I’m going to go out on a limb here and hazard a guess that Sir Laurence Olivier didn’t receive his knighthood for his scene in this movie where he got all turned on by watching his daughter-in-law nursing his grandson and ended up bedding her down at the conclusion of a ten o’clock feeding that left the audience sick to its stomach.
Whether this is the single worst scene of this movie is open to debate since the movie is strewn with them, but it has to be the most memorably tacky of them.
Sir Larry wouldn’t be the only guy to trade on his reputation as a film legend to pick up movie welfare later in life (paging Sir Richard Burton!), but surely there was some other big budget flop being made in the late 1970s that didn’t involve him attempting to play both an old coot and his younger self in flashback. Watching him with his absurdly dyed hair as we traveled down mammary lane with him to the 1930s only made us wish that we could go back to 1975 where a pasty-faced up and comer named Tommy Lee Jones took center stage.
I suppose the intent with this movie was to make one of those big screen soap operas about the rise and fall of a powerful family where we follow their battles in both the boardroom and the bedroom. It was after all based on a Harold Robbins novel and we all remember the rich, dysfunctional family that was featured in The Carpetbaggers. (That one qualified as enjoyable trash chiefly because of George Peppard’s scenery chewing and the film industry setting.)
The Betsy though is spread out over too many characters for anyone to really take control of the movie and its yawn-inducing Detroit automaker universe isn’t exactly the sort of industry that captures your interest. Everyone knows that The Carpetbaggers was to some extent a fictionalization of Howard Hughes’s adventures in Hollywood, but not only do I have no clue if The Betsy is related to the Ford, Chrysler, or Jeep families, I don’t even care.
You’ve got Sir Larry playing Loren Hardeman, the patriarch of the family and he’s one of those overbearing types who expects more out of his son and grandson than they can live up to.
For his part, Sir Larry’s grandson witnesses his father’s suicide as well as seeing his mom and grandfather in bed together. And just for maximum impact he sees all this on the same night!
This little kid grows up to be a very embittered Robert Duvall and for some reason he holds a grudge against gramps and as the president of the company uses whatever means he can to bring that dirty old man down. Even if it means destroying the Betsy!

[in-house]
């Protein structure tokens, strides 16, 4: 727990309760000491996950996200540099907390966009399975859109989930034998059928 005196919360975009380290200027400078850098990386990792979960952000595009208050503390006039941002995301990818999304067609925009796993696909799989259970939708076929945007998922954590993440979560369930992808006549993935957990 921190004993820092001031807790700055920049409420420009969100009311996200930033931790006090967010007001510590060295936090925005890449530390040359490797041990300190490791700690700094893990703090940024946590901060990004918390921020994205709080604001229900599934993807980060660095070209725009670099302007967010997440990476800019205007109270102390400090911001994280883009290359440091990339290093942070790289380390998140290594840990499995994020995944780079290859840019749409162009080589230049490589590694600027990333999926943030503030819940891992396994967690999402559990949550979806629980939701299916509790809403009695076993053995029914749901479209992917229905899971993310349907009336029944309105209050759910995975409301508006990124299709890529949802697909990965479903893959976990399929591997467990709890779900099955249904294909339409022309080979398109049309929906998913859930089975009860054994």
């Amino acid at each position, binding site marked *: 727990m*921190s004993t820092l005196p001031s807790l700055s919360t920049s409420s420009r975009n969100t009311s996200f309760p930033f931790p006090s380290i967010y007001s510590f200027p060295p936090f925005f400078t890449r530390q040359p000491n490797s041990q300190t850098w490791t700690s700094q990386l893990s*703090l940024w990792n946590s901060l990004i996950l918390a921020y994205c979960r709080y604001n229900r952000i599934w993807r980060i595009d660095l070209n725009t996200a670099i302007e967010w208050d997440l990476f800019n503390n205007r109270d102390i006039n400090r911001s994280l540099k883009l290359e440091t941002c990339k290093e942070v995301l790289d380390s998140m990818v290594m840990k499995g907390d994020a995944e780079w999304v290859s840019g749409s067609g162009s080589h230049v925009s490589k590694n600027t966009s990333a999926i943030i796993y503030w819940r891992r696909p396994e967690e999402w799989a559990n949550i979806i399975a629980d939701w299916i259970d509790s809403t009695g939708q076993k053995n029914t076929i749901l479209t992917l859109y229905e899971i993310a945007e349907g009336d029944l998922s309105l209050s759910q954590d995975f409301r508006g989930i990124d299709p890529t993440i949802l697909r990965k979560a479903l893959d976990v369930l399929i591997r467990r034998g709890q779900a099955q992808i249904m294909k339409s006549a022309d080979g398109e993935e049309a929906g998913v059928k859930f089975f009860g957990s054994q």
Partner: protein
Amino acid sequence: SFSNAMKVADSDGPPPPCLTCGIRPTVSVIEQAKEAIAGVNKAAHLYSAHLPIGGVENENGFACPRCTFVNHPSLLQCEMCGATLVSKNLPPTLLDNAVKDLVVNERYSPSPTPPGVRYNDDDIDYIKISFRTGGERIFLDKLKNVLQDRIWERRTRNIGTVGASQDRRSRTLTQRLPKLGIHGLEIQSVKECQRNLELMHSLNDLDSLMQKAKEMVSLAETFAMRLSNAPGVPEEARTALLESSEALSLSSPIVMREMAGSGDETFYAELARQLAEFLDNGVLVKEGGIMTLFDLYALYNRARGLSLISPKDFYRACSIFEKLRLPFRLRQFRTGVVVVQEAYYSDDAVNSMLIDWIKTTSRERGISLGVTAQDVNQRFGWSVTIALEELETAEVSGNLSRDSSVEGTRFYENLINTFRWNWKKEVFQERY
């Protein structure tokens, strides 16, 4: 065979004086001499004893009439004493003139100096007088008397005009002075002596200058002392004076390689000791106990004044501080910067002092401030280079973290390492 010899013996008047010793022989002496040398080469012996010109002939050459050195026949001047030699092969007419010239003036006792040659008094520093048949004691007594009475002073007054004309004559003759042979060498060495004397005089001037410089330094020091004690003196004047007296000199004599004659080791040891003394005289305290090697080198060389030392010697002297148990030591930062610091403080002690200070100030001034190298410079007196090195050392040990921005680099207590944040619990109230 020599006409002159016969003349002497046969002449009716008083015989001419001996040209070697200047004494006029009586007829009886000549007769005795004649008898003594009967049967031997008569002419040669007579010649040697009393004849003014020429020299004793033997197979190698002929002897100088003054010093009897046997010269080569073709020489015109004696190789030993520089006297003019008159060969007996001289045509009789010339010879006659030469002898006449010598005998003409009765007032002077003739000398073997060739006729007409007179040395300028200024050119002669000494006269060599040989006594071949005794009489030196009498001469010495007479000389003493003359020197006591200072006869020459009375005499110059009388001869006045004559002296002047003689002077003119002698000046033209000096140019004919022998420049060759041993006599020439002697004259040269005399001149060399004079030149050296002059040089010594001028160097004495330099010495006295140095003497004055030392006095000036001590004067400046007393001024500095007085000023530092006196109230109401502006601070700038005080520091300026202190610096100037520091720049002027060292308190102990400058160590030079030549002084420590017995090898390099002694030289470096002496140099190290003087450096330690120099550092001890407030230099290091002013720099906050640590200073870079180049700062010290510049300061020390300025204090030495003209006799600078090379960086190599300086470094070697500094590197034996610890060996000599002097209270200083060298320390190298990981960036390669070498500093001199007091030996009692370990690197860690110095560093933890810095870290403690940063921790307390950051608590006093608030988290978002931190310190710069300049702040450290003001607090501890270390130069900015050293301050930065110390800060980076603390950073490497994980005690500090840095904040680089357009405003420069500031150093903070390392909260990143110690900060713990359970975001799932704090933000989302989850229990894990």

The Betsy of course is the car that Sir Larry hires Tommy Lee Jones to build. Tommy Lee plays star race car driver Angelo Perino (trust me – I only wish I was making this up as I went along) and for some reason Sir Larry decides that since Angelo is a great racer, he’ll make an even better car designer.
Sir Larry wants the Betsy to be the car that the common man and woman buy like the Model T was back in its heyday. He envisions an economical car that gets really good gas mileage. The film then is about a family’s power struggle over whether to build an ugly compact car that Americans won’t buy.
So even though we’re supposed to be rooting for the ambitious Angelo and his oldster mentor in their quest to build the car that will put the company back in the black, we can’t help but agree with dirty, underhanded Loren Hardeman III (Duvall) when he complains that this car is going to sink the company.
Sir Larry though gets enough votes to extend the movie another 90 minutes, I mean to build the Betsy, and thus sets in motion a struggle for the very soul of the company!
It doesn’t take long before we see the lengths that Loren III will go to make sure the Betsy doesn’t succeed as we discover that Angelo’s helmet is bugged, he gets followed around Detroit during a test drive, an unfavorable report appears in an automobile magazine and he gets beat up by a bunch of thugs in a parking garage!
The funniest part of all this is that he’s test driving a Pinto with a new engine dropped in it! A Pinto? This movie stars both Sir Laurence Olivier and a souped-up Pinto? That probably even tops Dean Jones and Herbie the Love Bug in the annals of classic great actor/great car team-ups!
In between incidents of industrial sabotage and intimidation, Angelo finds time to get it on with a couple of honeys including Lady Bobby Ayres, who also happens to be Loren III’s somewhat ambivalent mistress!
When Angelo isn’t being squeezed in by Lady Bobby between bouts of adultery with Loren III, he’s humping Loren III’s daughter, Betsy. Yes, as in the famous compact car, the Betsy.
After making some deals with his shady relatives, Angelo launches his big attack on the various Lorens and seizes control of the company. This involves him pulling a bunch of different documents out of his briefcase which isn’t usually the hallmark of a riveting climax to a film. (Here’s the proof that you hired the auto magazine to discredit the Betsy, Loren III! Here’s the proxy of Betsy’s 40% interest! Here’s my grocery list for stuff I need to get after work! Here’s the “inspected by #5” tag that came with my new power broker briefcase!)
Go ahead and haul out all of your car wreck metaphors, flat tire similes, blown engine analogies, and lemon cliches because they all are appropriate in this case.
Somehow managing the difficult feat of being simultaneously laughable and boring, The Betsy even acts like it’s two terrible movies since the dull flashbacks to Loren I’s life in the 1930s is completely overdone and makes the stuff involving Tommy Lee in the 1970s only seem like the second-worst movie of all time.
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